Tag: Mediterranean food

Around the world in 80 bakes, no.45: Pastizzi from Malta

Around the world in 80 bakes, no.45: Pastizzi from Malta

The styles and sizes vary, but most food cultures have a filled parcel that you can eat on the street: China has bao dumplings, Japan has onigiri, most Latin countries have empañadas, and so on. The Maltese version is the pastizz, which is somewhere in size between a samosa and a Cornish pasty. Its case is flaky pastry which is made by creating a spiral cross-section of dough and shortening (the same trick, roughly, as used in Portuguese pastéis de nata); the filling can be pretty much anything but is often either based on ricotta cheese or peas.

Starting from a Maltese Youtube video and halving the quantities, I chose a lightly curried pea-and-tomato filling, which is pretty straightforward and comes out rather like one of my favourite Indian dishes, mutter paneer (without the paneer, but I can’t see a good reason not to include that if you want). If you are looking carefully at the photos, you’ll see that I ran out of peas on one of my runs and substituted some mixed veg.

As with all versions of puff pastry, getting the layers right is tricky, and I got it spectacularly wrong on my first attempt, not least because the ratio of flour to water in the recipe is way off what it needs to be. This isn’t the most time consuming puff pastry recipe you’ll ever see: there’s a lot of elapsed time for resting, but it’s not too bad on actual work. But it’s fiddly to get the layers thin enough and roll them up into a good shape without breaking them. If you’re like me, you’ll need practise.

Anyway, the results are well worth it: they make a really good mid-morning or mid-afternoon snack, tasty, filling and nutritious.

Filling

Although I’m giving the filling recipe first, you’ll almost certainly want to start the dough first and make the filling during the extensive resting times.

You could add any of garlic, ginger or chilies to this if you want a spicier version. I like adding curry leaves, too, which isn’t exactly Maltese but adds aroma.

  • Sunflower or other neutral oil for frying
  • 2g (1tsp) cumin seeds
  • 220g onion
  • 7g curry powder (or your own favourite mix of ground coriander, cumin, turmeric, chili powder)
  • 70g double concentrated tomato paste (my favourite brand is Cirio)
  • 350g frozen peas
  1. Take the peas out of the freezer. You can do this in advance, but you don’t have to.
  2. Chop the onion finely
  3. Heat cumin seeds in oil in a wok or medium size pan
  4. Once the cumin seeds are spitting, add the onion and stir fry for a couple of minutes
  5. Add the curry powder and continue frying until the onions are soft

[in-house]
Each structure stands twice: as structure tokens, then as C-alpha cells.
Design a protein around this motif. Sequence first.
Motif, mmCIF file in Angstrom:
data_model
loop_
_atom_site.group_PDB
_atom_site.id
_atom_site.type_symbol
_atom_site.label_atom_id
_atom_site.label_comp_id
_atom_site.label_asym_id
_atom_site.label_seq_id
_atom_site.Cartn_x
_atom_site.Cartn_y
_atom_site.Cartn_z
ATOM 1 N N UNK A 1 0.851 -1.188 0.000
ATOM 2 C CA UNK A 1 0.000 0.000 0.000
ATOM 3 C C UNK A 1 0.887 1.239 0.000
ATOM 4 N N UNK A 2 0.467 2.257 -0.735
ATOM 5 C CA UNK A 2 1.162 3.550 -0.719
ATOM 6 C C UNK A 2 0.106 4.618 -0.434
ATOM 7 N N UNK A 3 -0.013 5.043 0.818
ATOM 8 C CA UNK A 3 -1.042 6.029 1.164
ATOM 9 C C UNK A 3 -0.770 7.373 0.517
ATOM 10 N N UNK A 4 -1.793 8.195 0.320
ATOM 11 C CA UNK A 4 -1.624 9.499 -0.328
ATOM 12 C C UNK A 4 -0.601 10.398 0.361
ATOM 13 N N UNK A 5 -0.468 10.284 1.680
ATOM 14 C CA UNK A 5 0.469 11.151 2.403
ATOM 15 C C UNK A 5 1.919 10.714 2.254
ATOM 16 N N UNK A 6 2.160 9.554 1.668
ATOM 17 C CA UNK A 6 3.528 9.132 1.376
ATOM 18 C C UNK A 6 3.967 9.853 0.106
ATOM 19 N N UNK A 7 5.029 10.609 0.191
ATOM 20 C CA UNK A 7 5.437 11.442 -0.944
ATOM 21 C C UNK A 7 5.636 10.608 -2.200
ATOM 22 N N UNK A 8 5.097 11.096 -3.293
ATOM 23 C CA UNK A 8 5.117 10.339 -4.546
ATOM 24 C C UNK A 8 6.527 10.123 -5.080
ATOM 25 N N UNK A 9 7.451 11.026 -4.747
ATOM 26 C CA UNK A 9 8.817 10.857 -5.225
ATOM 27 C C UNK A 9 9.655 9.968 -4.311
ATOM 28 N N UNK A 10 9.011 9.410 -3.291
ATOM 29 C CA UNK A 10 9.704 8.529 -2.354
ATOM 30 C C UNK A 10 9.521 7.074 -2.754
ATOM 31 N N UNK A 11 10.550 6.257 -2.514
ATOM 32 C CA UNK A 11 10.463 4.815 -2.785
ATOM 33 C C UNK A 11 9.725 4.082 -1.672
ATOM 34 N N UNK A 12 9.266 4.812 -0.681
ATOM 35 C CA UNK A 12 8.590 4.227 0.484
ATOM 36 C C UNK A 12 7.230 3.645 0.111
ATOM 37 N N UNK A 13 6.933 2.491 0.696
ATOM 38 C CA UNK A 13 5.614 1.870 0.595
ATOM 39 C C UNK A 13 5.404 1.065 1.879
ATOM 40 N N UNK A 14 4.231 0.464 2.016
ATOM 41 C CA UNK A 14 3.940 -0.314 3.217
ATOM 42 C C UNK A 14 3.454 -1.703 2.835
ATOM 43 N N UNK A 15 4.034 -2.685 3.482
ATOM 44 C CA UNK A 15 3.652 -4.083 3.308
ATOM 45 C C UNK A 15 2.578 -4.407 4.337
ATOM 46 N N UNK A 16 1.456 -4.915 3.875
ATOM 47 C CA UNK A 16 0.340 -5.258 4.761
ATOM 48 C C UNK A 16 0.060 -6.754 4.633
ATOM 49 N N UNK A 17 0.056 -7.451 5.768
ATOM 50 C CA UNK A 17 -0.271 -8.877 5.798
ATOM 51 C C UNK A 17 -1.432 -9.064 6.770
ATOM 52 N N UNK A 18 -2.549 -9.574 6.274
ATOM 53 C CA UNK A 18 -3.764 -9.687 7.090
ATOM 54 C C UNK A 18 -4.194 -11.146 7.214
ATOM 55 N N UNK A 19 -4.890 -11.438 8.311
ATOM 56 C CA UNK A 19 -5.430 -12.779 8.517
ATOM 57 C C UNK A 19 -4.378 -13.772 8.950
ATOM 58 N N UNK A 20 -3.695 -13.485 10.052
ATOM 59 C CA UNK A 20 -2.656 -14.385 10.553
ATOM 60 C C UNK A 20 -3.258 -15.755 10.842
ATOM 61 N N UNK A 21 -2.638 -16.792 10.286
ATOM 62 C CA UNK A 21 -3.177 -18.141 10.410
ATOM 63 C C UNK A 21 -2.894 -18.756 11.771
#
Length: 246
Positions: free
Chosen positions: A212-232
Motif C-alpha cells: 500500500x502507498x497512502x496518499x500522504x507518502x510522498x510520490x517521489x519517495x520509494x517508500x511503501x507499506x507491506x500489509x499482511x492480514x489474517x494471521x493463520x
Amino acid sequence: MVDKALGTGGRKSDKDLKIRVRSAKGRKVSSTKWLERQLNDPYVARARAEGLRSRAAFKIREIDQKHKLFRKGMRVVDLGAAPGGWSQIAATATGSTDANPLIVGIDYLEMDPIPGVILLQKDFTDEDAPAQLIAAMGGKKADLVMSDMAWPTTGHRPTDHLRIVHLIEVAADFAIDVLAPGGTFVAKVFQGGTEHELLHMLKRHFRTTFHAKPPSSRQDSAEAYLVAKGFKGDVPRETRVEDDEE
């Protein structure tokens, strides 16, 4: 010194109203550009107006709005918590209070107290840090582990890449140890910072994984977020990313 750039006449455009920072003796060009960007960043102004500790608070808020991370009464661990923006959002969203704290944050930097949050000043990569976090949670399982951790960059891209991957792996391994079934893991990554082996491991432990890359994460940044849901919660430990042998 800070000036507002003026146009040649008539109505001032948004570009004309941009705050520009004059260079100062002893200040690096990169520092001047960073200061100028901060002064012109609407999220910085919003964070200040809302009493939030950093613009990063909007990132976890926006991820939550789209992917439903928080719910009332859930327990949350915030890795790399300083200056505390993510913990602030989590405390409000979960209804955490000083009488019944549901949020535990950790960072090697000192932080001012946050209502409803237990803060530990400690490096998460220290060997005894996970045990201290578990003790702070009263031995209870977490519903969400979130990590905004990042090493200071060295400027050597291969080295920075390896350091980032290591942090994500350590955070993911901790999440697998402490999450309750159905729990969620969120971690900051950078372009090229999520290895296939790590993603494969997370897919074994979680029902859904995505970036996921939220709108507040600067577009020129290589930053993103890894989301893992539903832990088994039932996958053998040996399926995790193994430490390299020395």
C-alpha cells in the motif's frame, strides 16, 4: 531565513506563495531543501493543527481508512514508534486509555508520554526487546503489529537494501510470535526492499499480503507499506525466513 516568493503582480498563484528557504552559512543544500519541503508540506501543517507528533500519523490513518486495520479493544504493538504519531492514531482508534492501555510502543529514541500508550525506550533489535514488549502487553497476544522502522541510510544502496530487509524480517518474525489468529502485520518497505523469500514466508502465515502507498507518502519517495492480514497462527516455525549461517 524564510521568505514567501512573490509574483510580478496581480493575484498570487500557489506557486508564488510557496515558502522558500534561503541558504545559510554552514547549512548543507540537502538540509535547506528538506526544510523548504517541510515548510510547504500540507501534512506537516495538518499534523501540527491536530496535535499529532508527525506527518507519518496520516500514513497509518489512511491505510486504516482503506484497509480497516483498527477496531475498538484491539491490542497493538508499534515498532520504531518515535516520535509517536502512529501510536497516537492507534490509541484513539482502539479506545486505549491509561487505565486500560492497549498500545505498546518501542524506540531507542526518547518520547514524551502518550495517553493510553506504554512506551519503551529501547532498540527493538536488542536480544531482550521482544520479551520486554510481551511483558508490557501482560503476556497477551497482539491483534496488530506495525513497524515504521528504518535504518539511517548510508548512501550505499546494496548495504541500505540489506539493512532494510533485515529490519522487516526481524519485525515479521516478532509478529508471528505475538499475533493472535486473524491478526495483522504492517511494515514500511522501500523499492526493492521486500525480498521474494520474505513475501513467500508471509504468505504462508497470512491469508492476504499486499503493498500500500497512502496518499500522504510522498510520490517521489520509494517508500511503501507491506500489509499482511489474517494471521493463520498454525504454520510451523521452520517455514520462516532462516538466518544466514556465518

6. Add the tomato paste and 100ml or so of water, stir until blended.
  7. Add the peas, bring back to the boil, turn the heat down and simmer until the peas are cooked and the sauce is very thick.
  8. Turn the heat off and leave until needed.

Dough

  • 420g flour +40 second time, + 15g sunflower oil
  • 250ml water
  • 10g salt
  • 125g shortening – Maltese recipes specify a vegetable shortening like Trex or Crisco, but you can almost certainly substitute ghee or melted butter if you prefer the taste (or use a mixture)
  • A little olive oil
  1. Mix flour and salt in the bowl of your stand mixer; add water and knead on low to medium speed with the dough hook until you have a smooth but fairly stiff dough. You need enough water that you don’t have lots of uncombined flour, but not so much as to make the mixture sticky.
  2. Form your dough into a thick cylinder, spread with shortening, wrap with cling film and leave to rest for around 30 minutes.
  3. Roll the cylinder into a reasonably long and thin rectangle, spread with more shortening on both sides, place cling film over the top and rest again for another 30 minutes.
  4. Now roll the dough as thin as you can possibly make it – still in a long, rectangle. Spread with shortening over the top.
  5. Starting from one end, roll your dough into a long cigar shape, pulling the pastry as you go and making sure you get all the air out. You will need to go from side to side and back again, pulling and rolling. Leave to rest for another hour or two. Towards the end of this, preheat your oven to 200℃ fan.
  6. Pull your cylinder so that it’s now very long. Cut the resulting cylinder into around twelve pieces.
  7. Have a small bowl of olive oil ready. Dip both thumbs in oil, then pick up a piece of dough, dig both thumbs into one end and shape and stretch it into a cup – this may or may not remind you of primary school pottery classes. 
  8. Flip the cup inside out (so that the bit with the olive oil is on the outside, spoon a dollop of filling into it, and pinch the outside together to seal. When it’s done, put it on a baking tray, lying it roughly flat (don’t try to leave the seam pointing upwards). Repeat for the other eleven pastizzi.
  9. Bake for around 30 minutes. Take out of the oven when golden (and, we hope, flaky).
  10. While leaving to cool, attempt to sing Maltese folksongs. Or not.